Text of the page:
From the Public Spirit, Week of Dec. 21-27, 1944
Hatboro schools, churches celebrate Christmas
The annual Christmas carol service was held Thursday in the auditorium of Hatboro High School with Miss Hester Fleck, head of the vocal department, conducting.
More than a hundred pupils of the third, fourth, fifth and sixth grades sang, in addition to both the Junior and Senior Glee Clubs. Russell Alden was tenor soloist and Bryant Mitchell was violin soloist. William Hobensack, Mary Beth Bechtel and Helen Kreider were accompanists.
The annual Christmas assembly took place on Friday under the direction of Mrs. Pearle Norris. In addition to students from the high school, pupils in the first three elementary grades took part.
At Loller School, attractive Christmas remembrances were sent from all the homerooms to the Junior Red Cross, including toys, games, potted plants, menus, decorated vases, books, tray covers and puzzles.
Pupils in the first two grades enjoyed pictures of "Toyland Adventures" and "Our Furry Friends in Winter," shown by John McKiernan.
Church sermons on Sunday [Dec. 24] were devoted to Christmas. At Lehman Memorial Methodist Church, the sermon at the morning service was "The Wonderful Gift" and the sermon at the evening service was "Our Debt to Christ."
Rev. Kenneth Lloyd Garrison, minister of Hatboro Baptist Church, preached "The Christmas Secret" at the morning worship. In the evening, members of the church presented a Scriptural play, "I Am Gabriel," and the choir performed special Christmas music.
"Christ Jesus" was the subject of the lesson-sermon in the Church of Christ, Scientist. The Golden Text read: "The people that walked in the darkness have seen a great light; they that dwelt in the land of the shadow of death, upon them hath the light shined" (Isaiah 9:2).
Lieutenant commander leaves Naval Air Station
Lt. Comdr. Carl L. Estes, second in command at the Willow Grove Naval Air Station, left this week for sea duty in the South Pacific.
Estes, a Texas oil magnate and Democrat, came to Pennsylvania in 1935 to act as political mentor and advisor to Arthur H. James [Republican governor from 1939-43]. Estes arrived at a time when James appeared to have a chance to become a national figure.
In August 1942, Estes joined the Navy and was assigned to the newly established airfield at Willow Grove. During his assignment, he met Ensign Margaret V. McLeod, a member of the WAVES [Women Accepted for Volunteer Emergency Service], and they were married in November, 1943.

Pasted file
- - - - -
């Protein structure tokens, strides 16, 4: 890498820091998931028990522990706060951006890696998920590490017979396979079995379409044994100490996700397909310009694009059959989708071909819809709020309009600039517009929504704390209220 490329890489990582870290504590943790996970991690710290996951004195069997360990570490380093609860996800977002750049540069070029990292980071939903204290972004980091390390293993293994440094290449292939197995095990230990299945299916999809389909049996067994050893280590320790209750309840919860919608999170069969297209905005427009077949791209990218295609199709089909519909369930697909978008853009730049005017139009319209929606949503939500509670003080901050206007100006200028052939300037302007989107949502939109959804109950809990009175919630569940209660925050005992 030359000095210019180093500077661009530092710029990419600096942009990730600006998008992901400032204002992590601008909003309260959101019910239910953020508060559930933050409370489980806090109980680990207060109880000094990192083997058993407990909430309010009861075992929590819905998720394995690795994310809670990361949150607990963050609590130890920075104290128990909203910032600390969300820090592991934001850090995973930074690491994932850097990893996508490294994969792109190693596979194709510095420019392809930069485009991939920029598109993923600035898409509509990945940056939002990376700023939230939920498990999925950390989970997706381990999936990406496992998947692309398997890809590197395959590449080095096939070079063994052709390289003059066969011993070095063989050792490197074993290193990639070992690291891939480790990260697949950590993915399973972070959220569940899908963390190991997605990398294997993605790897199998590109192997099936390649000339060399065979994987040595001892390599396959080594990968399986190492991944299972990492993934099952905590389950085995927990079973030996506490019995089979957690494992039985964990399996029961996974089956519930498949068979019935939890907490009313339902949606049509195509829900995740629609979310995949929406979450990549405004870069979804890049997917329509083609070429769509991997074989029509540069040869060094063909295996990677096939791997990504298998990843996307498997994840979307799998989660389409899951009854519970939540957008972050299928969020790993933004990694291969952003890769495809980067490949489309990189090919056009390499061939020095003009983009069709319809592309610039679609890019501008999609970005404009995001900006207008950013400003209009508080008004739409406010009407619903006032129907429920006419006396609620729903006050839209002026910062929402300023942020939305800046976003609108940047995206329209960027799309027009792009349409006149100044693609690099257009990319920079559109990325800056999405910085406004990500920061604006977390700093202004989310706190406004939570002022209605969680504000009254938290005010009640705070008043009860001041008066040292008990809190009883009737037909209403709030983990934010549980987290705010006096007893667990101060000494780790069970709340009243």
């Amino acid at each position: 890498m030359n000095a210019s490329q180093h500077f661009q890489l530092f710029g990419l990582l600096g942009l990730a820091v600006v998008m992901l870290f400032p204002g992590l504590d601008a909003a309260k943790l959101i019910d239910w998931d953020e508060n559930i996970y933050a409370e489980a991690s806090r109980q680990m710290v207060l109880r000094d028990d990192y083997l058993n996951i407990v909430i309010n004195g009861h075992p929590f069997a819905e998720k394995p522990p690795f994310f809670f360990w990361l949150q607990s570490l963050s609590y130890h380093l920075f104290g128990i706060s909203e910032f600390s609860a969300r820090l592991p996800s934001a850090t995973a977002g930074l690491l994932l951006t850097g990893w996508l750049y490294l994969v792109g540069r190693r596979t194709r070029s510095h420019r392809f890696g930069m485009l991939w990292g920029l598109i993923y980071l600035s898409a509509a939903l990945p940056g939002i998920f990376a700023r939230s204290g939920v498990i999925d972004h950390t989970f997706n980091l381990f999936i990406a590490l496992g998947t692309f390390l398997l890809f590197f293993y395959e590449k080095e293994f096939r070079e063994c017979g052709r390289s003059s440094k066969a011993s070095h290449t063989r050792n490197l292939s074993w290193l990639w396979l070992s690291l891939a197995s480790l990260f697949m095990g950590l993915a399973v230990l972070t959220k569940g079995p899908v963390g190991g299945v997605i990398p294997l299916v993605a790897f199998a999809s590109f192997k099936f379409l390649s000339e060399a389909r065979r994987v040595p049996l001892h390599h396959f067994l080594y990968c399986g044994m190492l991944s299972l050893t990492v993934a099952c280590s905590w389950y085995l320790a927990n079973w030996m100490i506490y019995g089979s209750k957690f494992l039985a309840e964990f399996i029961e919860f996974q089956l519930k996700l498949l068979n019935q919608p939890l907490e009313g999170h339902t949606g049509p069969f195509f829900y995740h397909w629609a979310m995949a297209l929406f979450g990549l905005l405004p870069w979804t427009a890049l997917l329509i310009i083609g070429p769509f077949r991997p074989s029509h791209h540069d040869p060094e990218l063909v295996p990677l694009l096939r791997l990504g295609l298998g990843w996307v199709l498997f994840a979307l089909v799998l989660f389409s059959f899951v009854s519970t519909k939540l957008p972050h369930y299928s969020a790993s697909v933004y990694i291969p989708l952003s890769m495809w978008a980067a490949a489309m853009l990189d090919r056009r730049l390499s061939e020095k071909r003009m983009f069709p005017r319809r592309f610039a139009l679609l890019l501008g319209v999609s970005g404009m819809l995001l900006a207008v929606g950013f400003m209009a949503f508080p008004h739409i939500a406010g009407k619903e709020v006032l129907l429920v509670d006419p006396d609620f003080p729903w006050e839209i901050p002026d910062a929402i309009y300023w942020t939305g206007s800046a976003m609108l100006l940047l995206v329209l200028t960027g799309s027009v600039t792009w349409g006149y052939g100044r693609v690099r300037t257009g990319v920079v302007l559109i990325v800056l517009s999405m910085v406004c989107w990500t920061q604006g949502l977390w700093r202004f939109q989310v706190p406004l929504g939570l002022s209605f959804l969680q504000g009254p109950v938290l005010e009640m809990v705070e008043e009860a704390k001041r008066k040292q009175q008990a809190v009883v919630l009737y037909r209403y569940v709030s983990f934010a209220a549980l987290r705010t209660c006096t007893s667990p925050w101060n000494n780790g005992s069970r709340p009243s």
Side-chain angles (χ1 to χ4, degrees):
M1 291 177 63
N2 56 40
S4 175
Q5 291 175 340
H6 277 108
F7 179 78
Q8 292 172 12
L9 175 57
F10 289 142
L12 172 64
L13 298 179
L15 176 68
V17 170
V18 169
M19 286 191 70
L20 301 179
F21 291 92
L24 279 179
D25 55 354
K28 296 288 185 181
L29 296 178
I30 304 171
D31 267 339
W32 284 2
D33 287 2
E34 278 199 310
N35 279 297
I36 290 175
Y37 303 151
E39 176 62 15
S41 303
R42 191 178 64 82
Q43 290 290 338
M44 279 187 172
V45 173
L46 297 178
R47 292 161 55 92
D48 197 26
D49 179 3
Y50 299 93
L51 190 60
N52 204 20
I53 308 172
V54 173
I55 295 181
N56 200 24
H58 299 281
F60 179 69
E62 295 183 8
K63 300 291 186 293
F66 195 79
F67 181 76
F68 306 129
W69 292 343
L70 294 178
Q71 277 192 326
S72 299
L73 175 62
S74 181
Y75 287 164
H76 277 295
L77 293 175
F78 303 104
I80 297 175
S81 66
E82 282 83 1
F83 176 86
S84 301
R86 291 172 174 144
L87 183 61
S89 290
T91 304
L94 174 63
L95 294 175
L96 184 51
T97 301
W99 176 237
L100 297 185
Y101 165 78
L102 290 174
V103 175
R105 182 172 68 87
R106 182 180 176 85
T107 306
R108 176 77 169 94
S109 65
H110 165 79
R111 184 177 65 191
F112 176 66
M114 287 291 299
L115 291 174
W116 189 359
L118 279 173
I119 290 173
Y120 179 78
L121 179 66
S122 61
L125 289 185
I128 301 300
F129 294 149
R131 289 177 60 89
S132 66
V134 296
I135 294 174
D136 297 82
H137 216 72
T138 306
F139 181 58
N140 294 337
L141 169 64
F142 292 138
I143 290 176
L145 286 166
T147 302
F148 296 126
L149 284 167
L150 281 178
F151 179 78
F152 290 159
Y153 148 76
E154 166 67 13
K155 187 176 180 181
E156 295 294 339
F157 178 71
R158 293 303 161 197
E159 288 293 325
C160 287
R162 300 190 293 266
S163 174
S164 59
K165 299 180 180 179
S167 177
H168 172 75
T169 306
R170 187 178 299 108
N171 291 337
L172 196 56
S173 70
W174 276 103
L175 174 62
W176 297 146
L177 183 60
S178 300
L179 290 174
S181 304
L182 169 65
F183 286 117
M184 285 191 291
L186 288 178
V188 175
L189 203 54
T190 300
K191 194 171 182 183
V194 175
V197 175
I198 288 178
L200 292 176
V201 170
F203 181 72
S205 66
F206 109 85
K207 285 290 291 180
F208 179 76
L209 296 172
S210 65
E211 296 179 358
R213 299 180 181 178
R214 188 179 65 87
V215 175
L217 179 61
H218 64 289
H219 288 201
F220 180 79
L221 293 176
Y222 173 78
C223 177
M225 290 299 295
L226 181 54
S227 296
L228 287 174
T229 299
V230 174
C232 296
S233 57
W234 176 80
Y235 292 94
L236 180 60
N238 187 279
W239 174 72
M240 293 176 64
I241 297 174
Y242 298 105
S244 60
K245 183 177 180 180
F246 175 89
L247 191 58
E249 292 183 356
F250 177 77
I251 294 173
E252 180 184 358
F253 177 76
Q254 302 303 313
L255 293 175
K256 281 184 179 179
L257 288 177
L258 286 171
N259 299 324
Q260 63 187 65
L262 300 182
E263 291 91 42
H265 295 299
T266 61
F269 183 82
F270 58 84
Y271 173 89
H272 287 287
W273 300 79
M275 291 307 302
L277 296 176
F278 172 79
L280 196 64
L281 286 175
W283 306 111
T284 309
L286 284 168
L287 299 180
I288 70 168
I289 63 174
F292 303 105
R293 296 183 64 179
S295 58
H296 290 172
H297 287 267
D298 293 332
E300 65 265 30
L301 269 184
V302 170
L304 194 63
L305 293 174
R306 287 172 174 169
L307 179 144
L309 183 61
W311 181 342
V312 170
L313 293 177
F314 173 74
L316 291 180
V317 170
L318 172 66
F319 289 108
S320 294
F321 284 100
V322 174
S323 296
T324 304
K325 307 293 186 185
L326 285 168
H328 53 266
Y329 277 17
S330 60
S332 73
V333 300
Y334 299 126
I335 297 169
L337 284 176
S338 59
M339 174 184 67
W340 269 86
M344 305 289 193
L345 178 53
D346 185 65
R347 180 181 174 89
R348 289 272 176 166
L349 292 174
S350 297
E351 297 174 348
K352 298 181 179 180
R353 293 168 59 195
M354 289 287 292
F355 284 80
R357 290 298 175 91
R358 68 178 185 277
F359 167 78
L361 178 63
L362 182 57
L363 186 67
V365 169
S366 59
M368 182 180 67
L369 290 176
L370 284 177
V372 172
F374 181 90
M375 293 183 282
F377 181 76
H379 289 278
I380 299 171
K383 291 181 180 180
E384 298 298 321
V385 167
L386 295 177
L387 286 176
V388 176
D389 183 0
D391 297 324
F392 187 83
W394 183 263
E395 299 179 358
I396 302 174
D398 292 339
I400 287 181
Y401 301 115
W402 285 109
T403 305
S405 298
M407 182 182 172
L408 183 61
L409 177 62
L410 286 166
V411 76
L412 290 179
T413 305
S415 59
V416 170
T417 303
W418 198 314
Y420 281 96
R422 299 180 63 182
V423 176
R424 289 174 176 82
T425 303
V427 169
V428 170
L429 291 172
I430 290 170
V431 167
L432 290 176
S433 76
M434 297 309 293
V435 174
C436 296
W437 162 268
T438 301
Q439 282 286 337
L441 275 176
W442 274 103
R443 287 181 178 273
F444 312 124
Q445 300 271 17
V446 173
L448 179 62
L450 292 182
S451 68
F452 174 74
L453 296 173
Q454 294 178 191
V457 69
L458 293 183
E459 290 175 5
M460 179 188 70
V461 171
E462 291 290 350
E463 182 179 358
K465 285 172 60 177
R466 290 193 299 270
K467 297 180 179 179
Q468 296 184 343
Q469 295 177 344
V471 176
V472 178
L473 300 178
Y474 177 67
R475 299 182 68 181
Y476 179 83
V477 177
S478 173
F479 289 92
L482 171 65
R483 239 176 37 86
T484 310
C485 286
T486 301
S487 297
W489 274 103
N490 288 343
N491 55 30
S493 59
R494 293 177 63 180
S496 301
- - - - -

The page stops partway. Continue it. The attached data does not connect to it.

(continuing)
She has since resigned from the Navy, and will go next week to Longview, Texas to take over the extensive Estes interests, which include a chain of 11 newspapers.
"I've had a marvelous time in Pennsylvania, but now I look forward to taking part in the actual fighting," Estes said. "When the war's over, I expect to make my home in Texas and again participate in Democratic affairs."
As the spirit of Christmas warms our hearts it renews hope that the dark hours we have seen will soon be dissipated in the brightness of the New Year--that again we shall enjoy in Peace those things that mean most to us--family--country--home--friends, and all the pleasant associations of business. In appreciation of the friendliness you have shown, we extend Greetings of the Season and all good wishes...DR. FRANK A. HIRSCH and ASSOCIATES, Hatboro, Pa....Phone Hatboro 0399.
Hatboro sailor killed in plane crash; two soldiers wounded in action
Ensign Gerald Short, U.S. Navy, of Hatboro, was killed in an airplane crash at Daytona Beach, Florida last Wednesday. He was twenty-one years old and a graduate of Hatboro High School.
The body was sent home under escort of Ensign Aurel Moldoyan of Ohio, and full military honors were accorded him at the funeral this week. Services were held at the Felty Funeral Home, with burial at Wrightstown, Bucks county. The color guard and firing squad were from the Willow Grove Naval Air Station.
Ensign Short's father, John Short, U.S.N., now stationed in California, was able to get home in time for the funeral. Besides his father, he is survived by his mother, now Mrs. Addie Vigh of Central avenue, Hatboro.
On Tuesday, Elmer Hoffman of Continental road, Hatboro, received a telegram from the War Department notifying him that his son, Pfc. Lawrence H. Hoffman, had been seriously wounded in action somewhere in France, and is now hospitalized.